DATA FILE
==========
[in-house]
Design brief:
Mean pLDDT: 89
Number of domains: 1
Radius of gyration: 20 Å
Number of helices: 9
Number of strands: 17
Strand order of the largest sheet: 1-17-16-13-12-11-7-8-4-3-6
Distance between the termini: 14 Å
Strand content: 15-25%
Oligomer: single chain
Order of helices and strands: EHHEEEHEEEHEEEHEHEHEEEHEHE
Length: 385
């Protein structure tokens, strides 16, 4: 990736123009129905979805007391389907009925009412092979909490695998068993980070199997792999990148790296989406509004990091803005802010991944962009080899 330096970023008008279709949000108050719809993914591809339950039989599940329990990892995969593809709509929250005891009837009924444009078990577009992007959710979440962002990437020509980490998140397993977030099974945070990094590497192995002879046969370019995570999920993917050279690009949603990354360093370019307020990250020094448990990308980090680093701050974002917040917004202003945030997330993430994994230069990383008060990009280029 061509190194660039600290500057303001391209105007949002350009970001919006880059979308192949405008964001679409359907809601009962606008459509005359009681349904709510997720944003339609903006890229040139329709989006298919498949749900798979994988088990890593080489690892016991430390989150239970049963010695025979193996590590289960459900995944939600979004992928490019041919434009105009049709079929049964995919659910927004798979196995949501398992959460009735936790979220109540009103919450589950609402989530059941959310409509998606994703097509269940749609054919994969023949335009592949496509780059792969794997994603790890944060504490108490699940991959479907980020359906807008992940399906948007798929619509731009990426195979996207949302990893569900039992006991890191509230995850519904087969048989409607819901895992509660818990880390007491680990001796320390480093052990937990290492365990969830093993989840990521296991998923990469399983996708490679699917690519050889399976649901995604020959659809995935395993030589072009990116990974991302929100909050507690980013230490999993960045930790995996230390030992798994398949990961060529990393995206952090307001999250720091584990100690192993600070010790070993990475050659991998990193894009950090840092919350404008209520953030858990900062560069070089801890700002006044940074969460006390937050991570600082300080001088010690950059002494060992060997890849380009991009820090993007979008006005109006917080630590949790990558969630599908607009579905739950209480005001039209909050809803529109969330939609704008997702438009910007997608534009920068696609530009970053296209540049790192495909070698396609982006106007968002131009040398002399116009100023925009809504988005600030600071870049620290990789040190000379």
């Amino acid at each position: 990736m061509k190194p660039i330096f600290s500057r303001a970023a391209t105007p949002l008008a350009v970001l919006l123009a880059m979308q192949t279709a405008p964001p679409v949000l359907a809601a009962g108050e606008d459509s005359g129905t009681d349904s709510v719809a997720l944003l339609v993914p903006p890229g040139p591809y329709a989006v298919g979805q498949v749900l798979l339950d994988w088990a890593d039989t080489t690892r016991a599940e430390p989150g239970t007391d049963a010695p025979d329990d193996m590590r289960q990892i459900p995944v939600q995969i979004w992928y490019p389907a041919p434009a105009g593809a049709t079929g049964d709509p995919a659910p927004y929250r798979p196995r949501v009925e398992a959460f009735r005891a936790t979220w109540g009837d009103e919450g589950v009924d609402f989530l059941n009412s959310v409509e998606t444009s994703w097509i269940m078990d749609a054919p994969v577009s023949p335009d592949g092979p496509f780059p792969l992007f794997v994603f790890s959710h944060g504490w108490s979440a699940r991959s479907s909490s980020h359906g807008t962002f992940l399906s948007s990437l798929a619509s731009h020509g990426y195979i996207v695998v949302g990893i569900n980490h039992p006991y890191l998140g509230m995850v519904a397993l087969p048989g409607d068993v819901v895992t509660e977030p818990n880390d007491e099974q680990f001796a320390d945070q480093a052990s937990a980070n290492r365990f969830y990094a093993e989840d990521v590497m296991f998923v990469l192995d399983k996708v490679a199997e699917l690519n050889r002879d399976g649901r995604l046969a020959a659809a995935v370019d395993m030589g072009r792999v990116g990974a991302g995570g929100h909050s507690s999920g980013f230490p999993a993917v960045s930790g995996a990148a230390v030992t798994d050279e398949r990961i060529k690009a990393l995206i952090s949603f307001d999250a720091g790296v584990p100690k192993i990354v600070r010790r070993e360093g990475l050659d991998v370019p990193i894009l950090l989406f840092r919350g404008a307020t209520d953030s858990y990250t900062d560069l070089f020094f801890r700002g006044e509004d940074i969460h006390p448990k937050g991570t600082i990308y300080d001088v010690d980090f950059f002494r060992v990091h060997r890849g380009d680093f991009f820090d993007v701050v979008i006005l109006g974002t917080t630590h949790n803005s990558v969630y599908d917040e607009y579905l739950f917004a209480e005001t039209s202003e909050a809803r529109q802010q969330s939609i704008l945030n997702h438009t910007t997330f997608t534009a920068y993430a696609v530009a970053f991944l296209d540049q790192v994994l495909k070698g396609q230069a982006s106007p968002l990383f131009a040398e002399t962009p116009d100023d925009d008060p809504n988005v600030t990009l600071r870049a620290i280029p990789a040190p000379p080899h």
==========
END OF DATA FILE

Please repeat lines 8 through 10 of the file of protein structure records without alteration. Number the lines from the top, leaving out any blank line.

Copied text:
Strand order of the largest sheet: 1-17-16-13-12-11-7-8-4-3-6
Distance between the termini: 14 Å
Strand content: 15-25%